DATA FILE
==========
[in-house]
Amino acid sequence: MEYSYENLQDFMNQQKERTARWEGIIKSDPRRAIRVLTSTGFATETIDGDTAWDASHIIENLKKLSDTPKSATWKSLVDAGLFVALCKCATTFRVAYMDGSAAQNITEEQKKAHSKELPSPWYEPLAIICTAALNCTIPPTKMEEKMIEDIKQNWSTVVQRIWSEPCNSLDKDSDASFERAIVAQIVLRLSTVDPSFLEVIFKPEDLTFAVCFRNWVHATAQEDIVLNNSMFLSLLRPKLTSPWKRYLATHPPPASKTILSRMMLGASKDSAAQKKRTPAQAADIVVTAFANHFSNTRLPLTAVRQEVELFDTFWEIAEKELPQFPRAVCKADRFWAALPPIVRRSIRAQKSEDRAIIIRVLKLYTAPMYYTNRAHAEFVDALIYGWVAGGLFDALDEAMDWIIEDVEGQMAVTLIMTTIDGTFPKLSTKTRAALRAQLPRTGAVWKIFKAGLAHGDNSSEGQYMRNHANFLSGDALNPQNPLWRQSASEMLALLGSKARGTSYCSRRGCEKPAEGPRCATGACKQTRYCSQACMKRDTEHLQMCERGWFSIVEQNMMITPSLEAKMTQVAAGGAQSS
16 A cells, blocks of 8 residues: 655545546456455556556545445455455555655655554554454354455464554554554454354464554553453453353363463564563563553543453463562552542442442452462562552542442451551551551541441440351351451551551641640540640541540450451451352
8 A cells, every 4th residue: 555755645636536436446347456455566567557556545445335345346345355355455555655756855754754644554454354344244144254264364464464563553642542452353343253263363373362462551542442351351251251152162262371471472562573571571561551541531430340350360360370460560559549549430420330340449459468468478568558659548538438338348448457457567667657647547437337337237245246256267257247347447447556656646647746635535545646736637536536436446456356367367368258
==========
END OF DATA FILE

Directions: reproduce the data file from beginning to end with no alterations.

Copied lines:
[in-house]
Amino acid sequence: MEYSYENLQDFMNQQKERTARWEGIIKSDPRRAIRVLTSTGFATETIDGDTAWDASHIIENLKKLSDTPKSATWKSLVDAGLFVALCKCATTFRVAYMDGSAAQNITEEQKKAHSKELPSPWYEPLAIICTAALNCTIPPTKMEEKMIEDIKQNWSTVVQRIWSEPCNSLDKDSDASFERAIVAQIVLRLSTVDPSFLEVIFKPEDLTFAVCFRNWVHATAQEDIVLNNSMFLSLLRPKLTSPWKRYLATHPPPASKTILSRMMLGASKDSAAQKKRTPAQAADIVVTAFANHFSNTRLPLTAVRQEVELFDTFWEIAEKELPQFPRAVCKADRFWAALPPIVRRSIRAQKSEDRAIIIRVLKLYTAPMYYTNRAHAEFVDALIYGWVAGGLFDALDEAMDWIIEDVEGQMAVTLIMTTIDGTFPKLSTKTRAALRAQLPRTGAVWKIFKAGLAHGDNSSEGQYMRNHANFLSGDALNPQNPLWRQSASEMLALLGSKARGTSYCSRRGCEKPAEGPRCATGACKQTRYCSQACMKRDTEHLQMCERGWFSIVEQNMMITPSLEAKMTQVAAGGAQSS
16 A cells, blocks of 8 residues: 655545546456455556556545445455455555655655554554454354455464554554554454354464554553453453353363463564563563553543453463562552542442442452462562552542442451551551551541441440351351451551551641640540640541540450451451352
8 A cells, every 4th residue: 555755645636536436446347456455566567557556545445335345346345355355455555655756855754754644554454354344244144254264364464464563553642542452353343253263363373362462551542442351351251251152162262371471472562573571571561551541531430340350360360370460560559549549430420330340449459468468478568558659548538438338348448457457567667657647547437337337237245246256267257247347447447556656646647746635535545646736637536536436446456356367367368258